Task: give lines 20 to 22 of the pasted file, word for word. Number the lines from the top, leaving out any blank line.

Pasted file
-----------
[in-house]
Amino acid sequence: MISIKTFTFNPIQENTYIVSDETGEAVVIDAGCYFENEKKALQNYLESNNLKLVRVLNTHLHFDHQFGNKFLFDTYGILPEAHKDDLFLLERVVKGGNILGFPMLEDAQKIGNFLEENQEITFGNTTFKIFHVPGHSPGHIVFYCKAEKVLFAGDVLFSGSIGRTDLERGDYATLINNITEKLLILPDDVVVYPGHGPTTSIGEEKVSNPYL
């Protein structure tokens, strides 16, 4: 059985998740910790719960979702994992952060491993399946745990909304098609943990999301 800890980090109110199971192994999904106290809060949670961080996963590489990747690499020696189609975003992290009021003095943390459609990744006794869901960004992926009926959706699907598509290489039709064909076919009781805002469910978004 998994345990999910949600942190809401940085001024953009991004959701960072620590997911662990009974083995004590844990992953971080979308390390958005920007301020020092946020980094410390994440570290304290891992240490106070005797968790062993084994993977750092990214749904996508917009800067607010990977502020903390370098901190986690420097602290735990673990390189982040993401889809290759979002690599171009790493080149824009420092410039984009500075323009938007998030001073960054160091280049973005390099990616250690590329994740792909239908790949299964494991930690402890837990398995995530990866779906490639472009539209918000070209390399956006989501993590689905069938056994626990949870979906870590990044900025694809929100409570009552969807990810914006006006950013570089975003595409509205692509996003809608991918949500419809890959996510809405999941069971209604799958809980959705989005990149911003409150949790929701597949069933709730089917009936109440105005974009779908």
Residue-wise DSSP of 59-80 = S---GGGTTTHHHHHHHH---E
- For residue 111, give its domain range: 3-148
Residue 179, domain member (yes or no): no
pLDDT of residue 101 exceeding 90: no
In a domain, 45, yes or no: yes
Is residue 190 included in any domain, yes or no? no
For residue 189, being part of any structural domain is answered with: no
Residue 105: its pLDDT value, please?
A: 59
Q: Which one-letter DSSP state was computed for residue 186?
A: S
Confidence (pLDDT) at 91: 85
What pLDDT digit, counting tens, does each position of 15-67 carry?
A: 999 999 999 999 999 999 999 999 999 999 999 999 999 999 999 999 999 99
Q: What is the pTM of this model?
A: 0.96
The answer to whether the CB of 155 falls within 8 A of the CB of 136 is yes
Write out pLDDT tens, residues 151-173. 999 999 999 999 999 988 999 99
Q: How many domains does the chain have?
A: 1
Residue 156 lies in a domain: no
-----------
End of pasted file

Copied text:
The answer to whether the CB of 155 falls within 8 A of the CB of 136 is yes
Write out pLDDT tens, residues 151-173. 999 999 999 999 999 988 999 99
Q: How many domains does the chain have?